Lee Potter Cavanagh on why he’s closing his bar and restaurant after four years

We talk a lot about opening bars, but we don’t talk about making the decision to walk away.

Lee Potter Cavanagh on why he’s closing his bar and restaurant after four years

You can listen to this episode in the player here, or take a listen on Apple Podcasts, Spotify, Amazon Music and on Android.

Humans seem to be hard-wired to notice change — we put a big emphasis on new things, and we hate to lose things we value. But when everything is fine, and things are just coasting along — well, we don’t tend to notice them. Perhaps we don’t appreciate them as much as we would if we knew that one day they weren’t going to be there.

This is a problem in the way that we go to bars, and the way the media covers the bar and restaurant scene — something I've written about before. Once a bar is up and running, very few publications in the media go back regularly and write new stories about the place praising its consistency. They’ll write about new menus, new chefs, new fitouts and that sort of thing — we love new — but the type of place that does what it says it does night in and night out, which really is what you want in a bar, they don’t always attract as much attention as they deserve. that is, until they say they’re closing.

I’m guilty of this, and my guess is that you are too. Last week, Lee Potter Cavanagh, the veteran bartender and owner of Bondi’s Rosenbaum & Fuller announced on social media that he’d be closing the doors and the business for good at the end of this month. If you haven’t been yet — get there this week, the food is delicious, the drinks are great, and it champions Australian native ingredients and spirits. It does this in a relaxed, pretty room, serving it up with an intimate neighbourhood vibe. It’s the kind of place you want in your neighbourhood. I wish I’d gone there more.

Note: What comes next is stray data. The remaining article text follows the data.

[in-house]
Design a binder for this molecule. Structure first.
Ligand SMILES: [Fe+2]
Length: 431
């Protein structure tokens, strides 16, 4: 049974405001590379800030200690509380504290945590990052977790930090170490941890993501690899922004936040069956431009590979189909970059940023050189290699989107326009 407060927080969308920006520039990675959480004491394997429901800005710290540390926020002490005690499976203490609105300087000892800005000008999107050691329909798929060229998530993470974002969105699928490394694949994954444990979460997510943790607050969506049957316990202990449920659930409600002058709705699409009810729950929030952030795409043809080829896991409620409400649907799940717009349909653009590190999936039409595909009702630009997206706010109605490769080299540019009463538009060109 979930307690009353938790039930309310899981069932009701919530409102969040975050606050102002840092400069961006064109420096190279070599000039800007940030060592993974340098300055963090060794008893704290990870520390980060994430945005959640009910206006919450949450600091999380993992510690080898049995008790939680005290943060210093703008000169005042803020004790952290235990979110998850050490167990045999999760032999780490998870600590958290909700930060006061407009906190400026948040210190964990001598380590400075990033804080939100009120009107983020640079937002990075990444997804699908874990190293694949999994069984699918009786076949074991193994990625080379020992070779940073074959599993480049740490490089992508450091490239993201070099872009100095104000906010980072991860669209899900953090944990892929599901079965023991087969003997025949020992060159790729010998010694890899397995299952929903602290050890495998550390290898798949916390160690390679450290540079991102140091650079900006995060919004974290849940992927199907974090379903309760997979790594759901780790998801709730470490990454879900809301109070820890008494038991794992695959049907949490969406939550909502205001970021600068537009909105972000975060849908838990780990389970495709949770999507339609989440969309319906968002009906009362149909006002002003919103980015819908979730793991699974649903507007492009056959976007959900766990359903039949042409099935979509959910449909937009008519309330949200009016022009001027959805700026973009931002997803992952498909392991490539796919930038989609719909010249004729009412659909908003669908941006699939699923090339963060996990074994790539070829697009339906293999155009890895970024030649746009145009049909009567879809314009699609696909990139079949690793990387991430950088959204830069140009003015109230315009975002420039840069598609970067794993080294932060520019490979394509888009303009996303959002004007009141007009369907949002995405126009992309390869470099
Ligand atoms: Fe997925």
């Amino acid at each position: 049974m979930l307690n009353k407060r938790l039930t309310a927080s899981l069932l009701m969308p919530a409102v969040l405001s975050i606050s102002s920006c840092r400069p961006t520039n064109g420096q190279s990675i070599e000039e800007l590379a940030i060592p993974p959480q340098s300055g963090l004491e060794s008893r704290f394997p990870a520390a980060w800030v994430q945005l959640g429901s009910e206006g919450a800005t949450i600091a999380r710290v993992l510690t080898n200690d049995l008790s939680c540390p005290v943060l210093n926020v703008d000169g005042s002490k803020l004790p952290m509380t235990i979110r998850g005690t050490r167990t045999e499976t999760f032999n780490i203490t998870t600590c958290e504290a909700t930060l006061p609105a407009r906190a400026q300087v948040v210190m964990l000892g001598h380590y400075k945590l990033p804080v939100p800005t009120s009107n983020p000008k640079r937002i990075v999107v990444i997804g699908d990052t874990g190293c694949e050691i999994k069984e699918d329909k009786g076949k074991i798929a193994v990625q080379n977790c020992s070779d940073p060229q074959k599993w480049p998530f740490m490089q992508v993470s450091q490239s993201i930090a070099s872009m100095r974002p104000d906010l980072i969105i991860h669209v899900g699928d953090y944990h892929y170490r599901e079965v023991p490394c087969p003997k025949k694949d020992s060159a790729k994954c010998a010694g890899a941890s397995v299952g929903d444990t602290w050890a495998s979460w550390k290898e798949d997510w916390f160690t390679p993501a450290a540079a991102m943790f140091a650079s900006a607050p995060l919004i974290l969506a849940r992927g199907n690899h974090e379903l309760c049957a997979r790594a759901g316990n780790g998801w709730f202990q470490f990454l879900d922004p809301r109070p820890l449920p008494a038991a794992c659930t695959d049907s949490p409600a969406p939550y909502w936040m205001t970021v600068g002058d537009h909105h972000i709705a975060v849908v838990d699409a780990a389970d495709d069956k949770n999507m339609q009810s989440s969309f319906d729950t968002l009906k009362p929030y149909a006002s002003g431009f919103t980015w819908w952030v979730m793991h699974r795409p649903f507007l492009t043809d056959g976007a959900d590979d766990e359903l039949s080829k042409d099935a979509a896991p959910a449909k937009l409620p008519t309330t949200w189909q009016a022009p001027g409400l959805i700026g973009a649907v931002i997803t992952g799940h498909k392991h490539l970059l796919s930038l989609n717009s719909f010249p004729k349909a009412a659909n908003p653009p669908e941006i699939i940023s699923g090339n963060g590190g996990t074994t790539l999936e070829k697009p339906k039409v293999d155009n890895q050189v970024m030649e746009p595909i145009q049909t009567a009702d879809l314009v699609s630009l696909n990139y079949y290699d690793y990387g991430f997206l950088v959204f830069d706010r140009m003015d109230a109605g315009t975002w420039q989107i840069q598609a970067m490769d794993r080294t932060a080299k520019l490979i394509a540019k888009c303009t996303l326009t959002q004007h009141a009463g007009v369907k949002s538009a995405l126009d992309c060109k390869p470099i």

So on this episode I speak to Lee, to find out what it’s like to close a bar — it’s his first — after four years in business. It’s a bittersweet time for Lee, he’s still working through how he feels about it all, and I can’t thank him enough for joining me to talk about it. Because we don’t often get an exit interview like this. People love to champion their successes but, understandably, when these sorts of difficult decisions are made, are usually less forthcoming, particularly to journalists. So a big thank you to Lee for being such an open book.

Below, I've pulled a couple of key points from our chat, but as always, give the podcast a listen.

“It’s just such a big job.”

Lee has opened a number of bars for other people throughout his long career, so when he opened Rosenbaum & Fuller for himself, he wasn't naive about the work involved.

And a big reason behind his decision to go it alone as the sole owner and operator — rather than opening a place wiuth someone else — was that he had seen a nunmber of business partnerships sour and go south in the past.

That said, being a solo operator can be lonely, Lee suggests, and if he had his time over again he'd open with a partner.

“You’re always responsible, and there’s noone you can really fall back on,” he says. “And that kind of crushes you a little bit when it’s hard times.”

“Make sure you’re not experts in the same thing.”

You might want to open your bar with “your best mate that you’ve been bartending with for five years,” Lee says, but that might be a recipe for dysfunction.

“You’ll both be in each other’s business and no-one will be looking at the books,” he says.

“It takes a lot of money to get things going.”

If you’re looking for a partner, perhaps find one that’s got some handy financial liquidity behind them.

“It’s good to have that back up so if you need extra investment you can reach for it,” says Lee.

Times can be tough — no-one knows this better than Lee. He’s seen off bushfire smoke, abundant rains, and a global pandemic in the four years that Rosenbaum & Fuller has been open. Some extra capital would have gone a long way.

“We needed to do things and we couldn’t afford to do it, and that led to other problems,” Lee says.

“No-one gives a f*ck about imported gin.”

The brand-call for big, international gins is mostly a thing of the past, Lee says. “Everyone is interested in the new local Aussie craft distillery.”

Though he still enjoys the imported stuff, he thinks it’s important to be drinking local. “We have the quality now, there’s no reason not to.”